Anyone still interested in whether those arrested on October 15th, 2007, and quickly labelled in the media as “terrorists”, were treated fairly?
I say still, because of course those arrested, while not being charged under the Terrorism Suppression Act despite literally years of surveillance, still face a variety of charges, due finally to be heard in court at the end of next month. Finally. After three and a half years.
That’s a long time to maintain interest, unless you’re one of those arrested, or connected to one of those arrested. Despite the fact this trial is perhaps up there as one of the most important political trials to have taken place in Aotearoa.
If you are interested, get yourself down to a documentary about the case. I went to the first showing of Operation 8 and it was fury-inducing.
The arrests in Ruatoki – a place I cycled through last year on a wild trip through Te Urewera, shaking my head in complete disbelief that anyone could think it was a thriving hub of terrorism – and the shameful way Maori were treated. The connections between those arrested – lives of activism on progressive issues. Those things we already knew.
But I hadn’t seen Solicitor General David Collins in court trying to prosecute Fairfax for contempt over their publishing of “the terrorism files”, and watched him struggling to get the sitting Judges to understand why cherry-picking incriminating quotes was a problem. Nor did I know that the threat to George Bush of assassination which DomPo editor Tim Pankhurst felt a “duty to publish” was a dastardly plan to catapault a bus onto Bush’s head. Terrifying terrorist alright.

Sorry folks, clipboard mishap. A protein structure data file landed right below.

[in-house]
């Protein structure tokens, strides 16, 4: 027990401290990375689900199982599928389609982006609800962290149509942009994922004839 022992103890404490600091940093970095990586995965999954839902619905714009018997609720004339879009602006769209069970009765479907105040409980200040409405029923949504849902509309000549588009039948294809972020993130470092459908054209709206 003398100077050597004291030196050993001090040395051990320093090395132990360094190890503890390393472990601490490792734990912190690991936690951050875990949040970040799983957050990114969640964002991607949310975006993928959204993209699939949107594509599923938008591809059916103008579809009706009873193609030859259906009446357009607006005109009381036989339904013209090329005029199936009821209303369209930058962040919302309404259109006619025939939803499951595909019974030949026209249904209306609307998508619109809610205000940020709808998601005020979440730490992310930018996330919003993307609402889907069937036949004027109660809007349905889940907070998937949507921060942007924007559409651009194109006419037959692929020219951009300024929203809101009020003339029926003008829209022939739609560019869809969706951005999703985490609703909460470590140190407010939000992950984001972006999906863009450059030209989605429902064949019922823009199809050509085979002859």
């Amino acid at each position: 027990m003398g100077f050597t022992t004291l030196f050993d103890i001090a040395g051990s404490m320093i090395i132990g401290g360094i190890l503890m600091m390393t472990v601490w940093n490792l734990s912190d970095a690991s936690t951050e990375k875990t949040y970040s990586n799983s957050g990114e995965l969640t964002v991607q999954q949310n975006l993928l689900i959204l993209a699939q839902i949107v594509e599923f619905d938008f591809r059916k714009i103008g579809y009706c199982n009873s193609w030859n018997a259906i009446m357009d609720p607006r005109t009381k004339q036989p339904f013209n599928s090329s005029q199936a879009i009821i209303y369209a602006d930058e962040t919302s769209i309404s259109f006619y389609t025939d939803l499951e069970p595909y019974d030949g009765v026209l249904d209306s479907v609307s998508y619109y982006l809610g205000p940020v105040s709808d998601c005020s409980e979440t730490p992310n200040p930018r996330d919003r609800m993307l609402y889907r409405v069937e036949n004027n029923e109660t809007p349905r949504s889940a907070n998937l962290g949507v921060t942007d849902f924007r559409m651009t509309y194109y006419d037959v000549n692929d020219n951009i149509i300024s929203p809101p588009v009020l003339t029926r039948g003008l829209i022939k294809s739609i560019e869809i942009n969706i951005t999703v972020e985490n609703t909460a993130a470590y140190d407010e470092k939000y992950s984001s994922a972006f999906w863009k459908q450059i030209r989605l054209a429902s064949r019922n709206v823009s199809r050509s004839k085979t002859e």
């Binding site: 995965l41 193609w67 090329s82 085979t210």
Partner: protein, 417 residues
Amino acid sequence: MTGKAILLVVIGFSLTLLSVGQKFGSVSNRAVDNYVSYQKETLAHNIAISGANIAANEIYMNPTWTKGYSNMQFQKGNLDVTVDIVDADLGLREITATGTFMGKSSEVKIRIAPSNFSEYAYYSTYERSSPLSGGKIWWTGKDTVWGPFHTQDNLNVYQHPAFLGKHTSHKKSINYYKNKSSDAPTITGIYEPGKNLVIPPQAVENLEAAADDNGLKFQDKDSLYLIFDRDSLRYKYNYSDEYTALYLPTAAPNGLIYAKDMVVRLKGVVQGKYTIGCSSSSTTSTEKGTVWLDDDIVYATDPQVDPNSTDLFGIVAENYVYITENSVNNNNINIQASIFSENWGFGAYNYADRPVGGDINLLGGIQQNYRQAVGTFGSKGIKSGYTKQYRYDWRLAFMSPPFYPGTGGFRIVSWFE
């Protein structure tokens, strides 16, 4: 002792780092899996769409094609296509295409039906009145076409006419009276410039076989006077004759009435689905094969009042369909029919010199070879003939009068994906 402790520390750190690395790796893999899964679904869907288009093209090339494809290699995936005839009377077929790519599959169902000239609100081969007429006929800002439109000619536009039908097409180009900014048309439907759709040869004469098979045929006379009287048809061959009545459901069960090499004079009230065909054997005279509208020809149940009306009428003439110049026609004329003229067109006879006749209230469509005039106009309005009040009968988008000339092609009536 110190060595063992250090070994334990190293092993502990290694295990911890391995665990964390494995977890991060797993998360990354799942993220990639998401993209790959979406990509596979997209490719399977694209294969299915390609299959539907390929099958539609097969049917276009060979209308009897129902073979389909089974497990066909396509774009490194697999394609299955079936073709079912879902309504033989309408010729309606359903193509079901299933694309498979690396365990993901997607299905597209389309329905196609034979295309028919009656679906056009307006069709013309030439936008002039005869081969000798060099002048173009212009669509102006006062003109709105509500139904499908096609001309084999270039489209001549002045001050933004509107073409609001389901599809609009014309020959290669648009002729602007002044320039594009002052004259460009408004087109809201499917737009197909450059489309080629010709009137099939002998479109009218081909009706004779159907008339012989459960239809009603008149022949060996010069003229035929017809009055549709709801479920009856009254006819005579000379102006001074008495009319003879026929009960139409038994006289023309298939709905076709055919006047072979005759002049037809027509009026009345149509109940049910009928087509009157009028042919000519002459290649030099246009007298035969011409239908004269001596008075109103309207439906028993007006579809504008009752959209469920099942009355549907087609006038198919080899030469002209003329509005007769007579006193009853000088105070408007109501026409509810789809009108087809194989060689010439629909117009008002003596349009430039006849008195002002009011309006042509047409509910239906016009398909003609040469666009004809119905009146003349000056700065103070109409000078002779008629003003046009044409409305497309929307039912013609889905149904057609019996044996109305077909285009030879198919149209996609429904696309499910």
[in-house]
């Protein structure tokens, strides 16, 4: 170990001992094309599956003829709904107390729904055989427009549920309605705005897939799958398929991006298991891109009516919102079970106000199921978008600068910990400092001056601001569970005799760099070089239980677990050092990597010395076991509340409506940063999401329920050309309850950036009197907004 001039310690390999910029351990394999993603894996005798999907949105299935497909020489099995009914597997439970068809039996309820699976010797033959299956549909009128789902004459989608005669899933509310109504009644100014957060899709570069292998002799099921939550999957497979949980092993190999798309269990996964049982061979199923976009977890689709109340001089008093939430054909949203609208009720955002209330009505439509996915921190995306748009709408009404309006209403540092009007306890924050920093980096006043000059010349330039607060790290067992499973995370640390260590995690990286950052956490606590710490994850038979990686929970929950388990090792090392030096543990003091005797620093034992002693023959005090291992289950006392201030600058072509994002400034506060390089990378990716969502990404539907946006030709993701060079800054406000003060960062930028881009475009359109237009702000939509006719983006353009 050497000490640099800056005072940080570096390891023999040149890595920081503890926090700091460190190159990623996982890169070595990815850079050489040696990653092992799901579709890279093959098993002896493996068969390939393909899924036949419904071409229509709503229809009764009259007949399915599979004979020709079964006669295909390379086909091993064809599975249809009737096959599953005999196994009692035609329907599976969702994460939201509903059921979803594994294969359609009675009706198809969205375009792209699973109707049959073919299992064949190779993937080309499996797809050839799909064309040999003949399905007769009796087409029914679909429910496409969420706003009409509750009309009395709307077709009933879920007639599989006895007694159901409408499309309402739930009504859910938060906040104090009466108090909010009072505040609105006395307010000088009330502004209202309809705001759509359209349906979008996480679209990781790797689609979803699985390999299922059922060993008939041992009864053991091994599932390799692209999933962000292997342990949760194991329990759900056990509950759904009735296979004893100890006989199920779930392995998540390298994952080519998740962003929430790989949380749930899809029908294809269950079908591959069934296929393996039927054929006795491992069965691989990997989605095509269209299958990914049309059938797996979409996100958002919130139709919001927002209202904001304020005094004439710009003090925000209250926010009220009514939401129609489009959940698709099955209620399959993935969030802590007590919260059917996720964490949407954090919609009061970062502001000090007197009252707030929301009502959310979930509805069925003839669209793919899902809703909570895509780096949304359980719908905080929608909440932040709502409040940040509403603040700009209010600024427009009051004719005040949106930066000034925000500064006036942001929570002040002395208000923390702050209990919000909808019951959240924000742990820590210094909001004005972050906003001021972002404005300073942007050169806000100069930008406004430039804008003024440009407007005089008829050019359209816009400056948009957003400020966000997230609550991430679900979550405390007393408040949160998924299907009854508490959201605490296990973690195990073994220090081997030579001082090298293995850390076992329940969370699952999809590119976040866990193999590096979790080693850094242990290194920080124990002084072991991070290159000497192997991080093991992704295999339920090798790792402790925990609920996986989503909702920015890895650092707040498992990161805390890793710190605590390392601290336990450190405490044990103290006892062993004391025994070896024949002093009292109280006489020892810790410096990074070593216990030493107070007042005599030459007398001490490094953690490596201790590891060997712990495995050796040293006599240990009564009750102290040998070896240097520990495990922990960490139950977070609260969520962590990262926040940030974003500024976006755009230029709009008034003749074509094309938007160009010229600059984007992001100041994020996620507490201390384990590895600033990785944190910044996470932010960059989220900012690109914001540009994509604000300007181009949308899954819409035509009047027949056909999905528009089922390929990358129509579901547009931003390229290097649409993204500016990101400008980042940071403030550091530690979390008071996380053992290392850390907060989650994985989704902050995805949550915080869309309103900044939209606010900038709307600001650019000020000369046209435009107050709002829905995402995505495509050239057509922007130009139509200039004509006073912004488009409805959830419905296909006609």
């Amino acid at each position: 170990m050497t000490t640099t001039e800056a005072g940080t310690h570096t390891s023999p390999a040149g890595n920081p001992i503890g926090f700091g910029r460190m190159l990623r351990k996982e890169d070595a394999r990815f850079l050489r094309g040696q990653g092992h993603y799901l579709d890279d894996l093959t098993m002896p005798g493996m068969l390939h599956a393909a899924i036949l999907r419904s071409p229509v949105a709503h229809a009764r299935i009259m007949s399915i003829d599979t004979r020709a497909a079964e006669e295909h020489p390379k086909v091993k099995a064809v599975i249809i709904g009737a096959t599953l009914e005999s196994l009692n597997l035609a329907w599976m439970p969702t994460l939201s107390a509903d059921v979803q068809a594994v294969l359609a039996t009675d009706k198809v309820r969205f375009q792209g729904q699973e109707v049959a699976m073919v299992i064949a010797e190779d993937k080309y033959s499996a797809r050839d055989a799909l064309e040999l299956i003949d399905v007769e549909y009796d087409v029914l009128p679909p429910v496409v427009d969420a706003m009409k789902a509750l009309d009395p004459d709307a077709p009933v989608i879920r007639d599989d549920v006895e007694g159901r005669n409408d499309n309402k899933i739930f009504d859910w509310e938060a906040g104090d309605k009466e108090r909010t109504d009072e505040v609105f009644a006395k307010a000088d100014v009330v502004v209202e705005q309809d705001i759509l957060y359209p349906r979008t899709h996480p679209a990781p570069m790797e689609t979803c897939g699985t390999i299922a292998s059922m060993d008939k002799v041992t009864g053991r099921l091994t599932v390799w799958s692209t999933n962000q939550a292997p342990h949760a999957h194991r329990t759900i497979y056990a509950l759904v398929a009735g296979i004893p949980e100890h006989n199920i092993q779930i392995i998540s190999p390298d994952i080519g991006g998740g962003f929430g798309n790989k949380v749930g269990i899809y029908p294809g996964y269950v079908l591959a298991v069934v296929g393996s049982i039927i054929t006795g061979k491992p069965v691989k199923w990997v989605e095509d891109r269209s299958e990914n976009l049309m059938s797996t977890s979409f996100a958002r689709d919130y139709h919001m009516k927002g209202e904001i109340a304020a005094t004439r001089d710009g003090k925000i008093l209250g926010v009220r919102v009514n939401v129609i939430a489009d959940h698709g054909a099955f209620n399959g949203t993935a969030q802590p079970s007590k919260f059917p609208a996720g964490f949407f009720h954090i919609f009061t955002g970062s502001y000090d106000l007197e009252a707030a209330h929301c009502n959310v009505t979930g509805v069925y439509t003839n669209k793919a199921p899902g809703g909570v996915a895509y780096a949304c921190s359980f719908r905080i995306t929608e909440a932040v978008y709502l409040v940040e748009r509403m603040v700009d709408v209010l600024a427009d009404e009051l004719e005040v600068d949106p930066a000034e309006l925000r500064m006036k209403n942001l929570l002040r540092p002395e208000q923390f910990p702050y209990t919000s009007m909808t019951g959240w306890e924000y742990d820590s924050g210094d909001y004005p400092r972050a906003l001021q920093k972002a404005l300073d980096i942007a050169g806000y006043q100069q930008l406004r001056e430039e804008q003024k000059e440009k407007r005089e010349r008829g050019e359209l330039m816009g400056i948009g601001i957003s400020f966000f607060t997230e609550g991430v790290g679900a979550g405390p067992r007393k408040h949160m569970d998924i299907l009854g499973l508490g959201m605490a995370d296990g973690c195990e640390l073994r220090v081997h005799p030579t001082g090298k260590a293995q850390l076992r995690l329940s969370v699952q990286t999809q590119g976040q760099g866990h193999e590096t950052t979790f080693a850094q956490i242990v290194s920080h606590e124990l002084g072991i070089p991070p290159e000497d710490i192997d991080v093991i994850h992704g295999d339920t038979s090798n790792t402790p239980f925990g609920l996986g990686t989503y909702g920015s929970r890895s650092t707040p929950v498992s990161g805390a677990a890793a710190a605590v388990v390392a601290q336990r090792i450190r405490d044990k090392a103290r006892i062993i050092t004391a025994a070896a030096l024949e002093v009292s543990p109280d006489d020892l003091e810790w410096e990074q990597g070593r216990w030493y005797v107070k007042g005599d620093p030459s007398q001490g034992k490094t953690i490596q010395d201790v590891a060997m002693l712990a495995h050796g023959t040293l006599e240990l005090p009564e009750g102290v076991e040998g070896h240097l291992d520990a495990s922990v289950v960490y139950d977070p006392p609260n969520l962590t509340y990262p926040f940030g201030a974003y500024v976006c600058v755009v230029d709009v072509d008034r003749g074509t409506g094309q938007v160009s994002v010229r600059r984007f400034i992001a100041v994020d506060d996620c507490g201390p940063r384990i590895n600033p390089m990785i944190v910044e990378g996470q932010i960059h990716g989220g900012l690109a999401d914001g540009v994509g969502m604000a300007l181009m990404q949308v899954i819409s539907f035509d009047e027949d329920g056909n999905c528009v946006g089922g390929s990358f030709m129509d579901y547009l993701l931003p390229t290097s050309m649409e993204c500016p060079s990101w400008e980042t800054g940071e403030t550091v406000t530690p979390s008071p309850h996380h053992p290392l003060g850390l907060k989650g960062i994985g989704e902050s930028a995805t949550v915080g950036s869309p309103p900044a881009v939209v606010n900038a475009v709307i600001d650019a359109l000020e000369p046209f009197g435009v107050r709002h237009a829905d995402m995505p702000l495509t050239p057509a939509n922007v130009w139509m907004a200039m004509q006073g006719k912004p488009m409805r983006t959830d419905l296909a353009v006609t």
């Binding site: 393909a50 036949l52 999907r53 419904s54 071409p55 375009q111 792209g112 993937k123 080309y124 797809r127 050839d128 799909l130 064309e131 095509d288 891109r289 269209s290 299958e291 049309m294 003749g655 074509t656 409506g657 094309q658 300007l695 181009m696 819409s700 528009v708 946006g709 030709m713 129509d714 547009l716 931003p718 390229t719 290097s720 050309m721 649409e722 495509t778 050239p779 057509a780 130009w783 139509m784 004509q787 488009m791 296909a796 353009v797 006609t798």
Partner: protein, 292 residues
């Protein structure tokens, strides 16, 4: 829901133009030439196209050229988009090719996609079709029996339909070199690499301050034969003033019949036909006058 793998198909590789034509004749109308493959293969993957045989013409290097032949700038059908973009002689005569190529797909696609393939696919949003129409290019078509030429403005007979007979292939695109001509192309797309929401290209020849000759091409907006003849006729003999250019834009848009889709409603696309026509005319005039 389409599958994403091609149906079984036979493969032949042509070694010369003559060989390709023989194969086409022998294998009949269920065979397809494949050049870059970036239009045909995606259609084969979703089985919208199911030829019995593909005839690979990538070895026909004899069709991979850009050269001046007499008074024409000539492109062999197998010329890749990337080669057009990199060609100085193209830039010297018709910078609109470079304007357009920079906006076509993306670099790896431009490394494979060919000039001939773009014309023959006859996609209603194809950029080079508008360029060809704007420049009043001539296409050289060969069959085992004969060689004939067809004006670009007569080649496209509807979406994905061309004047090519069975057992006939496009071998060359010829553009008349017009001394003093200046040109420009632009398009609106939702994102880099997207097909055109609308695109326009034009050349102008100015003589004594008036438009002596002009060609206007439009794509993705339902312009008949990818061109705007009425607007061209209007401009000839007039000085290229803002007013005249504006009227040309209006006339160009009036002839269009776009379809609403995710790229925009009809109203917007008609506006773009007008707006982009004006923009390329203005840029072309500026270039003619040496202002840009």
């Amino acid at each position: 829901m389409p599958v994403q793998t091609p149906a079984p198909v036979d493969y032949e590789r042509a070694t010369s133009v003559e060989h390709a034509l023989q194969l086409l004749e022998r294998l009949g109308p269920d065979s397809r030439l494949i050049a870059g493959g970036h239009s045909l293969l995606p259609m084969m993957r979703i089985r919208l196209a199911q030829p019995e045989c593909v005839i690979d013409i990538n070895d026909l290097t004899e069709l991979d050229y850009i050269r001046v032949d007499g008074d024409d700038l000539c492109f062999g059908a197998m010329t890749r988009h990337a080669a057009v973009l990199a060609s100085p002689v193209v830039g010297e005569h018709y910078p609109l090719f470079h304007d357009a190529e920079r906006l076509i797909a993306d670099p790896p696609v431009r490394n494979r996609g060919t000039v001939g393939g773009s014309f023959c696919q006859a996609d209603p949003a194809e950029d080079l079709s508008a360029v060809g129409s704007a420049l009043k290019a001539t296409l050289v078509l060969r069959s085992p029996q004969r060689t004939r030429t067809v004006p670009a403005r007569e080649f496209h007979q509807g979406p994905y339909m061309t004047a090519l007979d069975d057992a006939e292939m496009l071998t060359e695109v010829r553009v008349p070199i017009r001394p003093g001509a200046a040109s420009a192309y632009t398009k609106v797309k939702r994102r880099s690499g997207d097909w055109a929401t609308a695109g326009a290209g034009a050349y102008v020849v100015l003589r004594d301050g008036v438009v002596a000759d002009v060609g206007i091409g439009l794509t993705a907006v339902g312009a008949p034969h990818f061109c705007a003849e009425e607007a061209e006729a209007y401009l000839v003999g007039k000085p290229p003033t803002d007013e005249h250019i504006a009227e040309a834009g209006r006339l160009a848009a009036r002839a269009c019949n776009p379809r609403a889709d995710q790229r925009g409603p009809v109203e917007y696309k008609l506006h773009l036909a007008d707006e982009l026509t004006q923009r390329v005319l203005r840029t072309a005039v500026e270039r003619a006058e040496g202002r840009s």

I thought then, and still do, that the DomPo’s behaviour around this case was irresponsible and cynical. Drumming up support for the Police actions without contextualising those actions.
Listening to a former undercover Police officer talk about planting evidence and lying in order to convict was chilling. Looking at the sheer volume of invasion into these people’s lives was mind-blowing. Hearing that the last lot of evidence submitted by the Police was dated mid March this year.
This is a film New Zealanders should watch, should debate, should argue over. Do we want dissent criminalised? Is disagreeing with the state a reason to have your life monitored, bugged, recorded? What are the costs when we accept this?
And what about the costs to these particular defendants? I thought Emily Bailey summed it up with brutal clarity when she said the arrests had made her feel scared about her activism. I don’t think she’s alone, and I think all New Zealanders should find that terrifying.